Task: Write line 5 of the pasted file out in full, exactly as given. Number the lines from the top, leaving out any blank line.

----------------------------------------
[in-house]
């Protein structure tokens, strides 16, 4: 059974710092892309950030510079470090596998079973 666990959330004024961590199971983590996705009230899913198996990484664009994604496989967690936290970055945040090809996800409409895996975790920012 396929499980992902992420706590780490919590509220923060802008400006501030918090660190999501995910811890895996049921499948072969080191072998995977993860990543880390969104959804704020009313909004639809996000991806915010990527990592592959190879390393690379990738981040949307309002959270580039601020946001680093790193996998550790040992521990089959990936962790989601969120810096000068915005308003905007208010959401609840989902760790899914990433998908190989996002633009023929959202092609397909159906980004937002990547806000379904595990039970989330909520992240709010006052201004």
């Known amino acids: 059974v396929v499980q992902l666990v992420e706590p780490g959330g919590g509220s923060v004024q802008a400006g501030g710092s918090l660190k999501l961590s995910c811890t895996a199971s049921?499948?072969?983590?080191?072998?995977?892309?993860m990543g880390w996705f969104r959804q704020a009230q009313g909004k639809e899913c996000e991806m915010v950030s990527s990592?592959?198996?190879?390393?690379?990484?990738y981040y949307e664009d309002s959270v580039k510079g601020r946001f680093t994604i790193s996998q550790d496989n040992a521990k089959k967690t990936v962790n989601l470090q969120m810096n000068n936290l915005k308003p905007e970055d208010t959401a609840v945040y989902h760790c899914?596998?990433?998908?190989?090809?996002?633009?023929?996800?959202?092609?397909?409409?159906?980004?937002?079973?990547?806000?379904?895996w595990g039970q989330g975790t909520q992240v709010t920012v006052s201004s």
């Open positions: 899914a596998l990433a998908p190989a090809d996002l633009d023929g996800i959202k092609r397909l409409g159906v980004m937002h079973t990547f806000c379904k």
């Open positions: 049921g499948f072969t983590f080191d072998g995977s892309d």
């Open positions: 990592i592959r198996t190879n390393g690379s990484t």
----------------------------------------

């Open positions: 049921g499948f072969t983590f080191d072998g995977s892309d």